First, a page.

What Causes Directed Attention Fatigue?
Directed Attention is so basic to thinking and functioning that
you may not notice you are using it. But it is very easy to wear out
attention, and since Directed Attention Fatigue
problem, it is helpful to know what causes it, so you can plan when
to stop, or schedule specific restorative activities.
A. Activities that can lead to DAF
• Concentrating too hard or too long on tasks like taxes or homework, or
trying to understand unfamiliar concepts.
• Fending off distractions or preserving signal in the face of
noise, such as studying with the TV on, or trying to follow a conversation
• Running multiple models, such as deception, secrets, trying to be polite,
or talking while worried about something else can drain attention
fast. You also run multiple models when you compare different plans or ideas,
or do creative work.
B. Environments and situations that can lead to DAF
• Staying safe in dangerous environments is particularly fatiguing--trying
to live and work while avoiding danger just adds to the drain.
• Incompatible environments that do not suit what you are trying to do
are fatiguing. A library is incompatible with practicing opera singing, a
busy street is incompatible with a quiet private conversation. Confusing
environments are also draining.
• Being a caregiver for someone ill is notoriously fatiguing. So are social
situations if you are shy, dealing with stereotypes, trying to impress
someone, or if there are culture differences.
• Work-related situations that are dangerous or demand extra vigilance
are obviously draining. So are working long hours, doing presentations,
attending conventions, being in graduate school, or working in a company that
is in trouble or being downsized.
One-time fatiguing events include a death in the family, taking tests,
or dealing with emergencies. In some emergencies, Fascination takes
over, but that’s another story for later.
C. Habits that can lead to DAF
• Cultures may promote a hyperactive work ethic, consider healthful sleep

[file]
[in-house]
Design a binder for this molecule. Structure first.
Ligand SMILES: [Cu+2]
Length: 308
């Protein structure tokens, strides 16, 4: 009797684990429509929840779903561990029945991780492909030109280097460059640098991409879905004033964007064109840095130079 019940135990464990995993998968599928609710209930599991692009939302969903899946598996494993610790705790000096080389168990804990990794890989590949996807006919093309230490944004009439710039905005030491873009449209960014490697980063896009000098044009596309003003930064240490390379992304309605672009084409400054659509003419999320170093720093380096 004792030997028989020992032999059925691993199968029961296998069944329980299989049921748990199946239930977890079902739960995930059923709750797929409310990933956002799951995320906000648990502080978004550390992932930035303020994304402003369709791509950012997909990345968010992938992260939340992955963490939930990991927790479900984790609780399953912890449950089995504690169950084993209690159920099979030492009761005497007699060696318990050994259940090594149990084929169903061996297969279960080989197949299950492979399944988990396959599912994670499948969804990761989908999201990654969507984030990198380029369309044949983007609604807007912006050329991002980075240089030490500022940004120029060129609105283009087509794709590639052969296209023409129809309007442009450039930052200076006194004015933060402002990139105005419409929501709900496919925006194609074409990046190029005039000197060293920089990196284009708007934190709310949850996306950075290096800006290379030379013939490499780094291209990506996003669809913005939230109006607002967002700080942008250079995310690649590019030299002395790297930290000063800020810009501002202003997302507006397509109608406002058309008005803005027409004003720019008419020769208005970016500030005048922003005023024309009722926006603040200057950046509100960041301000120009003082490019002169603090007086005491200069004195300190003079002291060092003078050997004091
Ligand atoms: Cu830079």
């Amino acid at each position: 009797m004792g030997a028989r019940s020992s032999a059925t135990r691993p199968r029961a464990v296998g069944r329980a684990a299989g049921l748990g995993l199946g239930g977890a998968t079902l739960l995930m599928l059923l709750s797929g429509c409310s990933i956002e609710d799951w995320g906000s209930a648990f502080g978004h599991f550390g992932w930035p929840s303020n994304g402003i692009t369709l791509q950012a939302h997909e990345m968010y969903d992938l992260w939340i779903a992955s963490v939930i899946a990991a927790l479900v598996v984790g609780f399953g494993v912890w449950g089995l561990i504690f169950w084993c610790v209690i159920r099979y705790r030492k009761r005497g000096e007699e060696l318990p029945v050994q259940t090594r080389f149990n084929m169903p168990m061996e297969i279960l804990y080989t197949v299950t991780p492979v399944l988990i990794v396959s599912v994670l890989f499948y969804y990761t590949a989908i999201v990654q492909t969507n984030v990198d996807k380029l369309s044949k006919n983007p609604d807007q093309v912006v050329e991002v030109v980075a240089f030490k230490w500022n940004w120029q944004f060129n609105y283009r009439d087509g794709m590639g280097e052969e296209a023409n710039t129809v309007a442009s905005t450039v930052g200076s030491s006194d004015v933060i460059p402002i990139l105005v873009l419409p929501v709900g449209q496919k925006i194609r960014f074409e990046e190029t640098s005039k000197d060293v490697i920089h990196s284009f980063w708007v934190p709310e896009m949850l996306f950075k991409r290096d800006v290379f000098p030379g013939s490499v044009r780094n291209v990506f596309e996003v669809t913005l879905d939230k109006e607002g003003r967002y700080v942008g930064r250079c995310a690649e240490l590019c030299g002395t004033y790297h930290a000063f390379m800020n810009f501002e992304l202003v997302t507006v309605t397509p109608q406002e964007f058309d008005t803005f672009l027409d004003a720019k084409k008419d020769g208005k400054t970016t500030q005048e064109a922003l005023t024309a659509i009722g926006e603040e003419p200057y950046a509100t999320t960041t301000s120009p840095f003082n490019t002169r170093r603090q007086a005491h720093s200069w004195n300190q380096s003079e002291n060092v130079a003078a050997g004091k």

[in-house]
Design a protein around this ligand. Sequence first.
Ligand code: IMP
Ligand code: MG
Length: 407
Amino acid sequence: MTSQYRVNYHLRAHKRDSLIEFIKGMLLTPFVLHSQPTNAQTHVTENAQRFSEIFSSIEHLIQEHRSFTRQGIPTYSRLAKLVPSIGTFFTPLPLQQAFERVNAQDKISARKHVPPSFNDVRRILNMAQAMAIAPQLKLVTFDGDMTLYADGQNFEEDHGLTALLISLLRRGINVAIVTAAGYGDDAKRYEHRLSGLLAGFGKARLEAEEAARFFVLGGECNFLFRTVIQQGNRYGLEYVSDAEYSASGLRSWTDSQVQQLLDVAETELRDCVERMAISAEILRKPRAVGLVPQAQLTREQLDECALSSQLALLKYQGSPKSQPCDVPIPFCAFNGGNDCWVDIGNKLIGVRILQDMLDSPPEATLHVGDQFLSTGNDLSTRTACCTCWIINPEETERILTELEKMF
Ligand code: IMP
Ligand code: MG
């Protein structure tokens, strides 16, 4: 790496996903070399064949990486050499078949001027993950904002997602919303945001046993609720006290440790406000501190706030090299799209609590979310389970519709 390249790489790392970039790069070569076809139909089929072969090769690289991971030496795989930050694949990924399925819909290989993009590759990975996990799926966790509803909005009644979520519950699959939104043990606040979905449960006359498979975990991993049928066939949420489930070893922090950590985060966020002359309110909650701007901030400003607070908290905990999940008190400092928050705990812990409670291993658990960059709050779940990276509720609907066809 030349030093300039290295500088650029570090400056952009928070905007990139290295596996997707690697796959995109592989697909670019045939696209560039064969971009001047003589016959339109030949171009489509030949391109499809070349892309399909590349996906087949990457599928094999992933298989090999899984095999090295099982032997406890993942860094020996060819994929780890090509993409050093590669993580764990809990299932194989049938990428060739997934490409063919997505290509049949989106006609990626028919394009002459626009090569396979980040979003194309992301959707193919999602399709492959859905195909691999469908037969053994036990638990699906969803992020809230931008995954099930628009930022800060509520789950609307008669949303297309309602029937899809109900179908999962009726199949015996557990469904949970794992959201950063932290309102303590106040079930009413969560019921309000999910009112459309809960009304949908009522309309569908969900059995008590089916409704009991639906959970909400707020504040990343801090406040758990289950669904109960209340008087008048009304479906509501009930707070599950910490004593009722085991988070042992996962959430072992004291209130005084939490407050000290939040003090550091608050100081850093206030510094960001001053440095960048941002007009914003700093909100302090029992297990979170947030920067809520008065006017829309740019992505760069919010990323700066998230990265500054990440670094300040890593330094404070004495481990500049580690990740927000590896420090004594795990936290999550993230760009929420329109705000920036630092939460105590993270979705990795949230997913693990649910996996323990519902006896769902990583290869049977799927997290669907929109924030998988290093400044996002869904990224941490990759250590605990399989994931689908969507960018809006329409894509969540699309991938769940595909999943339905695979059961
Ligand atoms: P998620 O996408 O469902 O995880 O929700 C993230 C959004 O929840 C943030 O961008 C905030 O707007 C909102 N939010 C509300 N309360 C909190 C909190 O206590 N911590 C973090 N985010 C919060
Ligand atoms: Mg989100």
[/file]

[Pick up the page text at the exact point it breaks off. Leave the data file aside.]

and restorative activities slothful, or encourage draining secrets
and elaborate social structures.
• Cognitive habits such as trying to do or remember too much, not taking
breaks, multitasking, and making excessive demands on yourself
or the world can drain attention.
D. Physiological circumstances that can lead to DAF
• Lack of sleep is the biggest cause of Directed Attention Fatigue, and
the best thing you can do is to get more sleep.
• Illness or injury can directly interrupt the brain circuits which drive
attention. Being sick brings many fatiguing worries and concerns,
and dealing with pain is a huge attention drain.
• Directed Attention varies with age and individual differences.
grows rapidly before age 5, but can take two decades to really
mature and function well. Individuals differ greatly in how much Directed Attention
is available and when it comes online.
Some of us never have much Directed Attention available,
and must rely on built-in fascination and avoid fatiguing activities. Others
good attention, but more slowly, and may not be able to focus
off distractions until late grade school. Then, just when you
have gotten good at it, attention begins to decline with advancing age.
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Humanscape: Environments for people. Belmont, CA: Duxbury. (Republished
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Sullivan WC. Aggression and violence in the inner city: impacts of
environment via mental fatigue. Environment Behav. 2001;33:543–571.
I. Posner and Jin Fan, Attention as an Organ System, Sackler Institute,
Weill Medical College of Cornell University. This paper was presented
at the De Lange Conference, March 2001